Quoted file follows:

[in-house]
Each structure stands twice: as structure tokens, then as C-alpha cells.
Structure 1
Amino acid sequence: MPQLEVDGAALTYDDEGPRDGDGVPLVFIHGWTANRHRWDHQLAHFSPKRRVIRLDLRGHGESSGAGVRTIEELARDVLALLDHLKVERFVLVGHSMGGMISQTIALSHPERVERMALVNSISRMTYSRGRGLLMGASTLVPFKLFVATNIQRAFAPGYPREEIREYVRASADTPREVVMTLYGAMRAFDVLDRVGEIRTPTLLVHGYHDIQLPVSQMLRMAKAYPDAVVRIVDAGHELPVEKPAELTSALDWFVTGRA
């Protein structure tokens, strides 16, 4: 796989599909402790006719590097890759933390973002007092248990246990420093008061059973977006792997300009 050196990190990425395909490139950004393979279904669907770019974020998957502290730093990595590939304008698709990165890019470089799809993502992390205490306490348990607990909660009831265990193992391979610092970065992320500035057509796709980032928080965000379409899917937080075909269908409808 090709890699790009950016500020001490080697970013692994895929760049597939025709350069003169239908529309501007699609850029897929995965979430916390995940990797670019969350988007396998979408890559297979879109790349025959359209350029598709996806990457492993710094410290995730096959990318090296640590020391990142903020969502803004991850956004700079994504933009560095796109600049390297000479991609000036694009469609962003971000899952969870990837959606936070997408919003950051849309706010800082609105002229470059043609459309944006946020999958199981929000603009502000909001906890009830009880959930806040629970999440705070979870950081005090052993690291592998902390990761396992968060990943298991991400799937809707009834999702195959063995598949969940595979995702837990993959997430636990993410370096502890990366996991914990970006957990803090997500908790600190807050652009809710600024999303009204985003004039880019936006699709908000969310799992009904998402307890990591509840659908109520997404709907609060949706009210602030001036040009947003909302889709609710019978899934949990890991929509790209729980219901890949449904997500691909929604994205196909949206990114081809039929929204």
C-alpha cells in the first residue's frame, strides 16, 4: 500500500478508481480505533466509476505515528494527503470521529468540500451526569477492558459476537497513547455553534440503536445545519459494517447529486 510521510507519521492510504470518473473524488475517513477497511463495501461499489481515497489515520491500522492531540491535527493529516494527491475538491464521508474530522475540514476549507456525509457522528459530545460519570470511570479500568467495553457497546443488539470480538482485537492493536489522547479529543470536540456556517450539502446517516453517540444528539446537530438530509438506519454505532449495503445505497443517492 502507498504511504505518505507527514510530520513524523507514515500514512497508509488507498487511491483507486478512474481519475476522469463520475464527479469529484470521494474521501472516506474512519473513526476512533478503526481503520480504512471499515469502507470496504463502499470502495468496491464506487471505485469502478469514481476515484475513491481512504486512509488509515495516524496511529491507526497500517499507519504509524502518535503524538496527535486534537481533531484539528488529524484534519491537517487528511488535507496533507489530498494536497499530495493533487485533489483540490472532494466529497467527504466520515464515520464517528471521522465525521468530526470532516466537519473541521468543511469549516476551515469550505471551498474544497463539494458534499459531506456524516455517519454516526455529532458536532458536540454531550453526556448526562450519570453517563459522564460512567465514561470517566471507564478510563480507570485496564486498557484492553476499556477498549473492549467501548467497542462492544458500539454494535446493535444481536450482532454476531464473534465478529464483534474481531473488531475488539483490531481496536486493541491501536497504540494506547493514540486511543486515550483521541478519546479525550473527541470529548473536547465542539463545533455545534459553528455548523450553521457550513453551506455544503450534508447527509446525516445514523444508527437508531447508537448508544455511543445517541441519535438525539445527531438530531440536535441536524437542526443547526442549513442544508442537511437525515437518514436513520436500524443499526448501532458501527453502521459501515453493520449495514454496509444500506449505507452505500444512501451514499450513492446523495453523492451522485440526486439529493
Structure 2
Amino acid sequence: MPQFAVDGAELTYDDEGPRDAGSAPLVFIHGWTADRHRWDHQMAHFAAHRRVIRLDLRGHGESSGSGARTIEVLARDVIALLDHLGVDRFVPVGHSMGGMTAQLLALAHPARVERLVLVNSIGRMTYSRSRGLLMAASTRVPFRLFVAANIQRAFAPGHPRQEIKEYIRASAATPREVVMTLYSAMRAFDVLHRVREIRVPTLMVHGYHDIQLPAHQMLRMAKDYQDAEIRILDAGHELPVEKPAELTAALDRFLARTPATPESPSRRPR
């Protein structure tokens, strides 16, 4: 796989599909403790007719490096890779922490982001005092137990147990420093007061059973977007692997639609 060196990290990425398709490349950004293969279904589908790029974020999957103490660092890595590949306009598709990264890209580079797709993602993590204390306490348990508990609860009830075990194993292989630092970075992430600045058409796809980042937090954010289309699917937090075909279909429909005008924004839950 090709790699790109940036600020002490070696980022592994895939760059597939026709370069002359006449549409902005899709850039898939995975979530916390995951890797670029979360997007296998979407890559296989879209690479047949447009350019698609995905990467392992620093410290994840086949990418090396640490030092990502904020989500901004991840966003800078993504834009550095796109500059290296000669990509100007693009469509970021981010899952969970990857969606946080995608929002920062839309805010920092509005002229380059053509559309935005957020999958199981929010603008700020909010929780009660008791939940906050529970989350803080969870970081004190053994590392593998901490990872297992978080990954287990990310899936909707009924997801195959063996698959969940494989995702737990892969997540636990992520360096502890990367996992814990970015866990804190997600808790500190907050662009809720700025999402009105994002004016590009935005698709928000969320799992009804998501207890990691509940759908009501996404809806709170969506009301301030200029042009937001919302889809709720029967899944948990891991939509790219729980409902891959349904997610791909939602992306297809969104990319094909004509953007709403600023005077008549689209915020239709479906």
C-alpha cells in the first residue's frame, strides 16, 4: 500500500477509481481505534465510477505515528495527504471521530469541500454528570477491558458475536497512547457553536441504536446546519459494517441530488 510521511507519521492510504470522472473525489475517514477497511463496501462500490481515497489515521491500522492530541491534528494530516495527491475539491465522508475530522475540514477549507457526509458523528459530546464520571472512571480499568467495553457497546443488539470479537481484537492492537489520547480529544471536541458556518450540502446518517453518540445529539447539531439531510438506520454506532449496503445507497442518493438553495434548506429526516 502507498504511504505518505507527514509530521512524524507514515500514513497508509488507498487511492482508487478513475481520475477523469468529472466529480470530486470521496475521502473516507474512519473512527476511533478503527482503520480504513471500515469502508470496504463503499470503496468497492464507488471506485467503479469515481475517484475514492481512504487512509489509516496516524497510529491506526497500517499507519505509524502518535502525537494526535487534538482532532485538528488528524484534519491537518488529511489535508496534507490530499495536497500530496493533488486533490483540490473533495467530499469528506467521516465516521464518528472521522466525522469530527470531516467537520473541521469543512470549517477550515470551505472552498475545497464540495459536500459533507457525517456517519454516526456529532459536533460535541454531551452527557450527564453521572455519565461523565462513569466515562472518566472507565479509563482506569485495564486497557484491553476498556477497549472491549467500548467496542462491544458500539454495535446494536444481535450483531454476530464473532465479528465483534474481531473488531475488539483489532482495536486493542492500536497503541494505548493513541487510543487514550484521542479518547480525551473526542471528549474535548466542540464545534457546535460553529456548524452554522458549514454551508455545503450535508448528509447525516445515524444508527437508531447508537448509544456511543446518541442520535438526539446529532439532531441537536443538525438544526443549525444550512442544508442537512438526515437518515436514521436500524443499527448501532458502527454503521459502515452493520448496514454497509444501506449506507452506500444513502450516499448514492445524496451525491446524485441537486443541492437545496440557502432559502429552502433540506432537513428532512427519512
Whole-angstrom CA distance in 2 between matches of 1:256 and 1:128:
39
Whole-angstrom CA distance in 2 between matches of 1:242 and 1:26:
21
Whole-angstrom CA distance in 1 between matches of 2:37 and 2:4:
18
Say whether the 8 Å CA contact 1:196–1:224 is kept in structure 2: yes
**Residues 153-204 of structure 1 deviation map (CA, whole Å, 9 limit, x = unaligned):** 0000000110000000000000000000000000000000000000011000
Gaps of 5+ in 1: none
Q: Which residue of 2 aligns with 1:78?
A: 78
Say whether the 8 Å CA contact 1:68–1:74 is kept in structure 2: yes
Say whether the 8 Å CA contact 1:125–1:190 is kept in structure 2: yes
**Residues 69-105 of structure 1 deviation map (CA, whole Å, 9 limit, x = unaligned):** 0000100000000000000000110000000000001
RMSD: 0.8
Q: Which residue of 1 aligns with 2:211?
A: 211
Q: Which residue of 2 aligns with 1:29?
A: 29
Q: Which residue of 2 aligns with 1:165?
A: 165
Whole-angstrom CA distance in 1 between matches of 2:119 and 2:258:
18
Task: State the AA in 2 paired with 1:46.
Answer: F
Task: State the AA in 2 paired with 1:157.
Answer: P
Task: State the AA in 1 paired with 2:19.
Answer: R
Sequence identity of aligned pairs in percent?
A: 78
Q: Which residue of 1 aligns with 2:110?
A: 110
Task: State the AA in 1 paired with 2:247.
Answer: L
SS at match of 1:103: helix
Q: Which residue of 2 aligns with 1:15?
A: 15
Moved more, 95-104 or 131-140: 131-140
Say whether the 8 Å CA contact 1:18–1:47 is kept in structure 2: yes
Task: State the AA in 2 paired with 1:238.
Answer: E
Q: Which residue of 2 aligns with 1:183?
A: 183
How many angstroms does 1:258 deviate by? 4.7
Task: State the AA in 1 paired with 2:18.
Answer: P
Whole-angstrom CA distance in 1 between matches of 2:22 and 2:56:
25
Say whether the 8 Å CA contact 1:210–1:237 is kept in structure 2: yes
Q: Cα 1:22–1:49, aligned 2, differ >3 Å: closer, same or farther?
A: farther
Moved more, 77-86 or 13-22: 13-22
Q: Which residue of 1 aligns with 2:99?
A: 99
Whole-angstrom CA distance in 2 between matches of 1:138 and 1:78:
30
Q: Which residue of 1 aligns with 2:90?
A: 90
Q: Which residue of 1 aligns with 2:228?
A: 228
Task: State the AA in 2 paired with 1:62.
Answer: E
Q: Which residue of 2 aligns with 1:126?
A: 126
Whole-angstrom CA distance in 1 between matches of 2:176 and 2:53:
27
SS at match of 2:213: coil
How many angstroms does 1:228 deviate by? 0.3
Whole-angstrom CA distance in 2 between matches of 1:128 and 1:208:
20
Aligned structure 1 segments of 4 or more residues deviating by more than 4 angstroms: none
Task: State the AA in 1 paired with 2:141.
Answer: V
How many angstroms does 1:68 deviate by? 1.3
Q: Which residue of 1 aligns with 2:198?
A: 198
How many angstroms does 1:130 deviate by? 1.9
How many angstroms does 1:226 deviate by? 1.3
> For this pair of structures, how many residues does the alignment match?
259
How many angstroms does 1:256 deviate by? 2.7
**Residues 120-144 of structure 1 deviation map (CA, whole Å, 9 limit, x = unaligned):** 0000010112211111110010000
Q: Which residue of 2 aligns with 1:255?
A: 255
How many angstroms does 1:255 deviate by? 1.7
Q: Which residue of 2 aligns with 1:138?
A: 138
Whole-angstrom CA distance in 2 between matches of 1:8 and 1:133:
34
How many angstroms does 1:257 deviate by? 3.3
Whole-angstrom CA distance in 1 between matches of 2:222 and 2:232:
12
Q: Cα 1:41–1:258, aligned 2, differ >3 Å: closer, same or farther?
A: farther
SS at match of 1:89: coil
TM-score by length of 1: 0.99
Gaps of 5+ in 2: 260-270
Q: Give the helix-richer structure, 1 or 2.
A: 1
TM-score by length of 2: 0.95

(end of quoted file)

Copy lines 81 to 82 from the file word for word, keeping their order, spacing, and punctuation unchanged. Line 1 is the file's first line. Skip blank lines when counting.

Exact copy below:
20
Aligned structure 1 segments of 4 or more residues deviating by more than 4 angstroms: none